5 in-demand careers in southern Nevada - FOX5 Vegas - KVVU


5 in-demand careers in southern Nevada

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The latest unemployment figures show 11.5 percent of the Las Vegas workforce is looking for work.

Countless others are stuck in dead-end jobs.

That has people looking for a career change, either out of choice or necessity.

Belinda Morse is a Las Vegas-based career coach who says continued education is the key.

"If you have your two-year or four-year degree and you're not continuing your learning or getting another certification or another level of achievement, then you will dinosaur yourself," Morse said. 

There are five hot jobs that are expected to be in demand here at home and across the nation for the for seeable future.

The number of registered nurses is expected to climb by 26 percent by 2020 with a median salary of $64,690.

Dental hygienists will see a 36 percent growth with salaries averaging $68,250.

Computer engineers, paying nearly $100,000 a year, will grow by 34 percent 

Accountants will see a 22 percent spike with an income of $61,690.

Sales representatives make an average of $56,620 with 16 percent growth expected in the near future.  

All of these careers are attainable with some extra schooling.

Dr. Susan VanBueghe teaches in UNLV's nursing program where they've changed the curriculum to fast track students into the workforce.

"It's a four-semester program once they get into nursing," VanBueghe said. "It's a very quick program. It's not a shortcut, it's just a very fast, intense program."

That attracted Melissa Springer and Chris Delgado, both in their late 20s.

Springer is a mother of three and Delgado is an Iraq war veteran.

"I've looked at the job market and nursing is in pretty high demand and it has been consistently," Springer said. "I told the kids it's only temporary but I spend a lot of time studying. But it's all gonna pay off in the end. Ultimately, we're going to be better off."

"I know a lot of students and they graduate with a degree in whatever it is and pretty much all they have is a piece of paper," Delgado said.

Both will have good paying jobs waiting for them right here in Las Vegas when they graduate.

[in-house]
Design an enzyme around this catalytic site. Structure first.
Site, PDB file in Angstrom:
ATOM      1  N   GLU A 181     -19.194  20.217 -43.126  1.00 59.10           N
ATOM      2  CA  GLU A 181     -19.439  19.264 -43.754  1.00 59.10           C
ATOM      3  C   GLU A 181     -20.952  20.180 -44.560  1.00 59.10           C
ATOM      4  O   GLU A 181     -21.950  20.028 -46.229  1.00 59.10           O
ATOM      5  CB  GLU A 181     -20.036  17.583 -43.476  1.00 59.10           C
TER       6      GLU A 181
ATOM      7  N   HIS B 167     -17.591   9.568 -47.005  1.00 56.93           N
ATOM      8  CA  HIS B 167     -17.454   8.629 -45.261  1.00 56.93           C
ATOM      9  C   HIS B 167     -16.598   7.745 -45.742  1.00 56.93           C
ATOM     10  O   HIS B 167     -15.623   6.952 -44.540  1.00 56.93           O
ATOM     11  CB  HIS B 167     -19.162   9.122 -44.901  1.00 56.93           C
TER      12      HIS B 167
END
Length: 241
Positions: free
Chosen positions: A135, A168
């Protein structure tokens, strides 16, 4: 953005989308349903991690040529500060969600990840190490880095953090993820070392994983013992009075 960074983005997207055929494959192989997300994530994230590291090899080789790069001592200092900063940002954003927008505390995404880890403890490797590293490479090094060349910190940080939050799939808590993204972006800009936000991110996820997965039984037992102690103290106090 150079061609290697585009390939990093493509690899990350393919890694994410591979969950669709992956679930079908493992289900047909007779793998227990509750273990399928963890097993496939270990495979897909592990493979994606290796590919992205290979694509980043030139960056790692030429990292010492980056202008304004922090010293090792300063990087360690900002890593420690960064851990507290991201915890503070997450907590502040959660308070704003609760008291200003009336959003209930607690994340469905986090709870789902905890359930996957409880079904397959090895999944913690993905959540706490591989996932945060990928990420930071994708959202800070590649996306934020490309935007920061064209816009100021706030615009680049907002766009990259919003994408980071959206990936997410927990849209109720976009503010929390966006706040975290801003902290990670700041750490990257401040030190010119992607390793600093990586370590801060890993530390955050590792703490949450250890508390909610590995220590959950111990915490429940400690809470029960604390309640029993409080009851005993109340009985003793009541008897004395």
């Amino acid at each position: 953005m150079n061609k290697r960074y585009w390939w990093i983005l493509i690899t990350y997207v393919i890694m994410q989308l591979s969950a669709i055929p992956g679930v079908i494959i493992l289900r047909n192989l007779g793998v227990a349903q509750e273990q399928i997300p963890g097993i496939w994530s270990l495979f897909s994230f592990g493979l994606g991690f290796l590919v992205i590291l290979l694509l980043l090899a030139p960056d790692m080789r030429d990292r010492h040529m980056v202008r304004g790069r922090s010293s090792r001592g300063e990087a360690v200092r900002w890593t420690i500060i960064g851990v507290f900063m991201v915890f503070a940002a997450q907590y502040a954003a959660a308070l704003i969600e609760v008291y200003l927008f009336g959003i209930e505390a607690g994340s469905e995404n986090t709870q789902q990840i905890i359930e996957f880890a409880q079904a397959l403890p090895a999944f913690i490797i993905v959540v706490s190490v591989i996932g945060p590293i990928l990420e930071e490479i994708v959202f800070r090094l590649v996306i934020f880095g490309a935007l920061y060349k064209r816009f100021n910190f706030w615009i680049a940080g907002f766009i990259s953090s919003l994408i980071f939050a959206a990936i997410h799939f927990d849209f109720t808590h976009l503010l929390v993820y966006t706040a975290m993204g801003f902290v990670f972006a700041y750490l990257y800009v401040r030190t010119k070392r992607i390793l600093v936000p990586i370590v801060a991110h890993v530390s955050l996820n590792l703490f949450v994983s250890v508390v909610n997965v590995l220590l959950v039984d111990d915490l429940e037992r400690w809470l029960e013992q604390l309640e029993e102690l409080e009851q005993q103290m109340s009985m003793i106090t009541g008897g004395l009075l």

The same goes for dental hygienists, where new studies linking oral health to overall health are getting people in the dentist chair.

"The more research comes out, the more we see periodontal disease doesn't just affect your mouth but other parts of your body," said local dentist Thomas Shields. 

Dental hygienist Jodi Hashagen changed careers after struggling to find a job her undergraduate prepared her for.  

"It was a big factor just knowing that when I got out of school there would be a job for me," Hashagen said. "The financial aspect is nice, but you're also very flexible with the schedule."

While engineering may seem farfetched for many, UNLV will soon launch a master's program in information technology that will allow you to take skills from your current industry and put it to use in a growing field.

"UNLV will give you some core courses in information technology but you will also specialize in a specific area of interest to you or where the job market is," said Dr. Rama Venkat, dean of UNLV's College of Engineering.

The final two booming careers are broad by design; getting training in accounting and sales doesn't pigeonhole you into one defined marketplace, giving you job options in a tough economy.

"So if one industry is suffering in the city you're living in, you can always go to another industry because those skills are still valuable across any industry," Morse said.

It's all about creating your own breaks and putting yourself in the right position.

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